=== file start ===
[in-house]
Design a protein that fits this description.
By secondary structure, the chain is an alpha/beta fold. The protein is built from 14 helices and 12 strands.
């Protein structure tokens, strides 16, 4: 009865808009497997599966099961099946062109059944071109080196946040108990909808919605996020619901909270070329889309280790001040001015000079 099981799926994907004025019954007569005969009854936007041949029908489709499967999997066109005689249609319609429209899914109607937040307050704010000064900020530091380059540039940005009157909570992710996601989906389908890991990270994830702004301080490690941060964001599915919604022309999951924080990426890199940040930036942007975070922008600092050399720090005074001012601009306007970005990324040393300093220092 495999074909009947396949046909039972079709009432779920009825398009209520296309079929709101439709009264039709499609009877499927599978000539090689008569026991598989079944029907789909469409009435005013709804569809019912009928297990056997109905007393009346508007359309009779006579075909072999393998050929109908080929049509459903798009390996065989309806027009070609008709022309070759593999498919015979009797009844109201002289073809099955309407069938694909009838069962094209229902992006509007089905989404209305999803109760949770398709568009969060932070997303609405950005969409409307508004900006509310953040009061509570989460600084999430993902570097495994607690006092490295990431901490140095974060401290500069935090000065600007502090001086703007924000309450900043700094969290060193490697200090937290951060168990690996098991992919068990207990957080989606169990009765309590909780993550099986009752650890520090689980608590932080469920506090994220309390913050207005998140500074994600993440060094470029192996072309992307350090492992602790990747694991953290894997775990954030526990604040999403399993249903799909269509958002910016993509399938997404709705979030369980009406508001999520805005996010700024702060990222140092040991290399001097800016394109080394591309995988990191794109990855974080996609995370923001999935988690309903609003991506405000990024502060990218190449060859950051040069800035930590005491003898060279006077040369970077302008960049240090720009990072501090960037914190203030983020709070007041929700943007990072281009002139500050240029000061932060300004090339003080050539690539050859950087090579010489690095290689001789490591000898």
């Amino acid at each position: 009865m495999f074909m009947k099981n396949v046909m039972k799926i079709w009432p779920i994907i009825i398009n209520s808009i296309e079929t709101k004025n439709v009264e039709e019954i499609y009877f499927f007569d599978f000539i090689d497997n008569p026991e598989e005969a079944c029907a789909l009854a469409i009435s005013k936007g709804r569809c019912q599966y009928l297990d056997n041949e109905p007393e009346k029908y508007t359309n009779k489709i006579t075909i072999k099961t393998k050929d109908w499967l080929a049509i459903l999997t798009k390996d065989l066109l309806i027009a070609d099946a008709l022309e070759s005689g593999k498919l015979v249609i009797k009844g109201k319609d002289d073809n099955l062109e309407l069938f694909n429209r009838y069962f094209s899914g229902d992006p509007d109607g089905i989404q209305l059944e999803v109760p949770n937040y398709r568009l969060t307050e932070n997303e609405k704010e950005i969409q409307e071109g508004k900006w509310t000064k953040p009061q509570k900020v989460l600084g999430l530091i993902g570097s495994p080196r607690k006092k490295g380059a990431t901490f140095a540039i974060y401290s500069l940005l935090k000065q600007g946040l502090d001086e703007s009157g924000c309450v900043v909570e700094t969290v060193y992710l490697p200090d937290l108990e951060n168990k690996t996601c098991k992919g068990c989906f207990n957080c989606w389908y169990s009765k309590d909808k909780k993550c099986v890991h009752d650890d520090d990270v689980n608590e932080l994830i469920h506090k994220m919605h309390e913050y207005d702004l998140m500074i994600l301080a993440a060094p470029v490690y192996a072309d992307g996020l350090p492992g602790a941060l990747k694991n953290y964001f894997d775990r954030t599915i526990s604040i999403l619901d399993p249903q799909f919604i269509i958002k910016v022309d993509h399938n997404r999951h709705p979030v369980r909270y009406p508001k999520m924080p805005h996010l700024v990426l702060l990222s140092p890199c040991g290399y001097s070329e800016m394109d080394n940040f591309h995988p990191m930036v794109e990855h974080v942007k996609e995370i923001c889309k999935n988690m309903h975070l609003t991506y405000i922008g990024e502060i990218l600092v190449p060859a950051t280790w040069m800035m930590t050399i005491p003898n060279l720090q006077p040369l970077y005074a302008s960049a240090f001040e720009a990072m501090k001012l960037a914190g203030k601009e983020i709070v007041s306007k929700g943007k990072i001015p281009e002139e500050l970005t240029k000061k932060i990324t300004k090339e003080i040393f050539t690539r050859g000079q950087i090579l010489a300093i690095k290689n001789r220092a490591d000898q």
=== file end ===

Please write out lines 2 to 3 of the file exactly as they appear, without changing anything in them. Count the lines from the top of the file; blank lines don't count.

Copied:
Design a protein that fits this description.
By secondary structure, the chain is an alpha/beta fold. The protein is built from 14 helices and 12 strands.